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The AI takeover is near?


August 29, 2022.

The Colorado State Fair gives out prizes for various art categories in a contest. Here's the top three entries for category no.5: "Digital Arts / Digitally-Manipulated Photography".

Here are the top three entries:


That same day, a heated debate started on Twitter (as if that weren't the norm there). That's because the winner of this art contest used Midjourney, a popular AI image generator, to create his entry.

We’re watching the death of artistry unfold right before our eyes — if creative jobs aren’t safe from machines, then even high-skilled jobs are in danger of becoming obsolete
What will we have then?


The debate

While you could argue that the effort the creator (Jason M. Allen) put in was minuscule in comparison to the years of study and preparation an artist needs to undertake, I don't think that actually matters when it comes to winning a competition or making an artpiece in general.

First of all, _art is totally subjective_. I could spend 5 seconds drawing a stick figure in MSPaint and have a contemporary art critique tell me it's garbage, while people from another age might see a complaint towards modern, lifeless technology. This feels like a hyperbole, but I don't think it's that far from reality.

In 1961 Italian artist Piero Manzoni put his literal feces in 90 cans and sold them as an artpiece. He also created a "magic base", in the sense that you could put anything or anyone on it and that would become an artpiece in itself.


He created this because he saw _art as a relic of the artist_. Any object or even person can become an art piece if an artist puts his sign on it. But how do you become an artist? By making something that makes people discuss, something new and innovative that nobody ever thought about doing before. That's what Mr. Allen did and that's why I think he deserves his price.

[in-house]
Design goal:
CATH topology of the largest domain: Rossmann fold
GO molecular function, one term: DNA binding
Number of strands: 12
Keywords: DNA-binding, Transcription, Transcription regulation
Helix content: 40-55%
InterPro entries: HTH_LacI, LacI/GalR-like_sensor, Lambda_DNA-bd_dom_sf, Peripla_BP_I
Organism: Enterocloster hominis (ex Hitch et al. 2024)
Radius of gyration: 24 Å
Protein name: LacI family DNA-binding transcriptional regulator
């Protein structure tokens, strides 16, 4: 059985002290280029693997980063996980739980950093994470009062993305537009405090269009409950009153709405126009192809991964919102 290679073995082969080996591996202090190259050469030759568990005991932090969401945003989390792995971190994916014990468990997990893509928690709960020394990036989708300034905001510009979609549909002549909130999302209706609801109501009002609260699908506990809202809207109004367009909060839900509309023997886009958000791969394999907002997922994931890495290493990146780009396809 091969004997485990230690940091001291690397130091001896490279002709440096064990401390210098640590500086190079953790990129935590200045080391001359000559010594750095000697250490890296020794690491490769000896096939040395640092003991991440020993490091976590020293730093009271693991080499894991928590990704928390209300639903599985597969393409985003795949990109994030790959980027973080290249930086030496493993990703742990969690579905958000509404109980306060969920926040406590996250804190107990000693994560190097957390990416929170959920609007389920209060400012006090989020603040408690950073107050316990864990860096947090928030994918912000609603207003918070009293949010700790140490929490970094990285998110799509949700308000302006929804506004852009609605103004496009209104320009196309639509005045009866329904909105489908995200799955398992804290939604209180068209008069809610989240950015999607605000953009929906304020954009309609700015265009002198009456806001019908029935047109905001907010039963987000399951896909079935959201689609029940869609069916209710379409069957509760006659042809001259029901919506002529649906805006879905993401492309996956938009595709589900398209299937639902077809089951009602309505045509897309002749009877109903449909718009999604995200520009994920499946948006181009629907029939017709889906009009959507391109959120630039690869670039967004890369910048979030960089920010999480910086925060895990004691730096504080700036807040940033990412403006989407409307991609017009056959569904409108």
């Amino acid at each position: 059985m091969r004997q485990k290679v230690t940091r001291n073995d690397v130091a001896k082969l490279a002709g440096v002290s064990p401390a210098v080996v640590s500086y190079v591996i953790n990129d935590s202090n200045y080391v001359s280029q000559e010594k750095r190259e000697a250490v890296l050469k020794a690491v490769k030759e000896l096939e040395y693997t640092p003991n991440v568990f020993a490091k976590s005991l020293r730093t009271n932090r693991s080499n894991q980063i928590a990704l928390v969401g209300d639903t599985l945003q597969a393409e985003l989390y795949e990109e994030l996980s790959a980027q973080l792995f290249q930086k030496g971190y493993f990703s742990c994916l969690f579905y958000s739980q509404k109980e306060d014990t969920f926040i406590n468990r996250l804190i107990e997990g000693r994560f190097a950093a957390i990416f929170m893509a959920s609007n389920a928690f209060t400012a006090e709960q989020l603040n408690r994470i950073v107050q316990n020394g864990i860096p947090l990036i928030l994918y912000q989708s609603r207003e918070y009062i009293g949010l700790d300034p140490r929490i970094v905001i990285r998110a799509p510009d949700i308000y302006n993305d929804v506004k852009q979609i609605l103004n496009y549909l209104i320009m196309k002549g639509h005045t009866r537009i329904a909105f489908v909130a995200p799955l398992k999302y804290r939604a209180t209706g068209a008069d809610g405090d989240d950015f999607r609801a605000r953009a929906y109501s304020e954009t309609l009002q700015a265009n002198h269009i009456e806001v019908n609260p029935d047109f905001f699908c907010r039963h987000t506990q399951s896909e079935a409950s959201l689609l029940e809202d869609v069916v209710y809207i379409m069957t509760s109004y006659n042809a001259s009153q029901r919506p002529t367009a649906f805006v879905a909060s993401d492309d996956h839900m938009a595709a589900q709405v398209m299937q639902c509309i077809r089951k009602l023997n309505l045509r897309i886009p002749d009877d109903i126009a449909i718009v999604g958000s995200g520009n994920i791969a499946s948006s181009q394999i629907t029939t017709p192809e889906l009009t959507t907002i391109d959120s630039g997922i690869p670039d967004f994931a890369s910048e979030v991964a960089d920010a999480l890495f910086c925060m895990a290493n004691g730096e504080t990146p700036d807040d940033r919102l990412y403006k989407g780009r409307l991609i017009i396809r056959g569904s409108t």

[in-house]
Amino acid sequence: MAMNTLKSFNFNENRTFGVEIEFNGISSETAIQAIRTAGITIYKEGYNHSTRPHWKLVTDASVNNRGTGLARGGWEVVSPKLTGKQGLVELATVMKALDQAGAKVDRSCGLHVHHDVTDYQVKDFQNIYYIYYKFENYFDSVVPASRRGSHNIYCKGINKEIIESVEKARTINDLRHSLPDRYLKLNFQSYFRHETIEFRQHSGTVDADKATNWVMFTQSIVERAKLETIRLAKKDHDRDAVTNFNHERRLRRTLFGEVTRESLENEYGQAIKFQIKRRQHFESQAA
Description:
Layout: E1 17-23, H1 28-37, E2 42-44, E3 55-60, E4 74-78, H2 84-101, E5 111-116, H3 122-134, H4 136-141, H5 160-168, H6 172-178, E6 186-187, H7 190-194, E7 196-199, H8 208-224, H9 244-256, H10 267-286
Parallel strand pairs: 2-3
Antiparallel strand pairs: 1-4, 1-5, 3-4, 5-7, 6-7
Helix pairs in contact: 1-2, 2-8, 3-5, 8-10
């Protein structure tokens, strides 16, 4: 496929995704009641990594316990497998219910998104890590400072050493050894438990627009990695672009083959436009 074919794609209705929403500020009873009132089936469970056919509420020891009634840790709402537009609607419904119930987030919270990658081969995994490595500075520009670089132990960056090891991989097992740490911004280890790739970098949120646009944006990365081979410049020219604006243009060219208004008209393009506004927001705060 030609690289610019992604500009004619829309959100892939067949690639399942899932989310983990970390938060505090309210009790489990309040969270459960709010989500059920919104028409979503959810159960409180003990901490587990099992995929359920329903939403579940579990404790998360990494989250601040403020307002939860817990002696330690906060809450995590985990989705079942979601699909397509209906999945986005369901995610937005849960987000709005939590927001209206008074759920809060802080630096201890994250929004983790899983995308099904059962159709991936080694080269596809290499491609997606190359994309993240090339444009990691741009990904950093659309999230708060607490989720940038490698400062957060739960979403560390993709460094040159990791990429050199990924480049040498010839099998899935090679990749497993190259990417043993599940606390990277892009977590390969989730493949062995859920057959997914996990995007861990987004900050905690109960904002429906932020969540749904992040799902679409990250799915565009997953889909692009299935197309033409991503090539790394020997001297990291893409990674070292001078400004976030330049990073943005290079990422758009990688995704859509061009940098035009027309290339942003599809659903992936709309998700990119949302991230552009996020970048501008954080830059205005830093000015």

Before photography was invented, artists generally strove to make their painting as realistic as possible. As soon as people were able to cheaply make perfect copies of reality, artists began experimenting with new techniques, things that a camera could never do. Allen showed everyone how technology just reached a new milestone, introducing a new need for artists to innovate and create something exclusive to their abilities. Something an AI can't reproduce. Yet.

A slight hole in this argument

But wait. The competition judges did not know he used an AI to make his art piece. So how could they have considered it innovative and revolutionary?

If you take a look at the 2nd and 3rd entries of the contest, you'll see they're clearly made by humans and clearly have a symbolic value. This does not apply to Allen's entry, which is just VERY good looking. If I were a judge, I would not have chosen Allen's work to win the competition, but again, _art is subjective_.

I tried to find out more about the criteria for the evaluation of this contest's entries and I found this:

“And there should be no lagging or hanging back by anybody who has anything worth exhibiting”
Pueblo Chieftain, Sept. 15, 1887 (in regard to entering the CSF Fine Arts Exhibition)


Also, they wrote this about the "under 18" art showcase:

Art must be original in painting, drawing, sculpture, ceramics, photography, jewelry, and more! Have fun, be creative, enter to win.



Whichever way you put it, Théâtre D'opéra Spatial deserves to be called an art piece. The judges apparently valued aesthetics more than symbolic meaning, and their opinion cannot be logically disputed. Everyone gives a value to an artpiece based on their personal studies and experiences.

Now, knowing about the tools he used, we know Allen did something that nobody ever thought (or managed) to do before. If he hadn't won that contest, this debate would never have started, but he did. That's what makes him an artist and, consequently, his creation a work of art.

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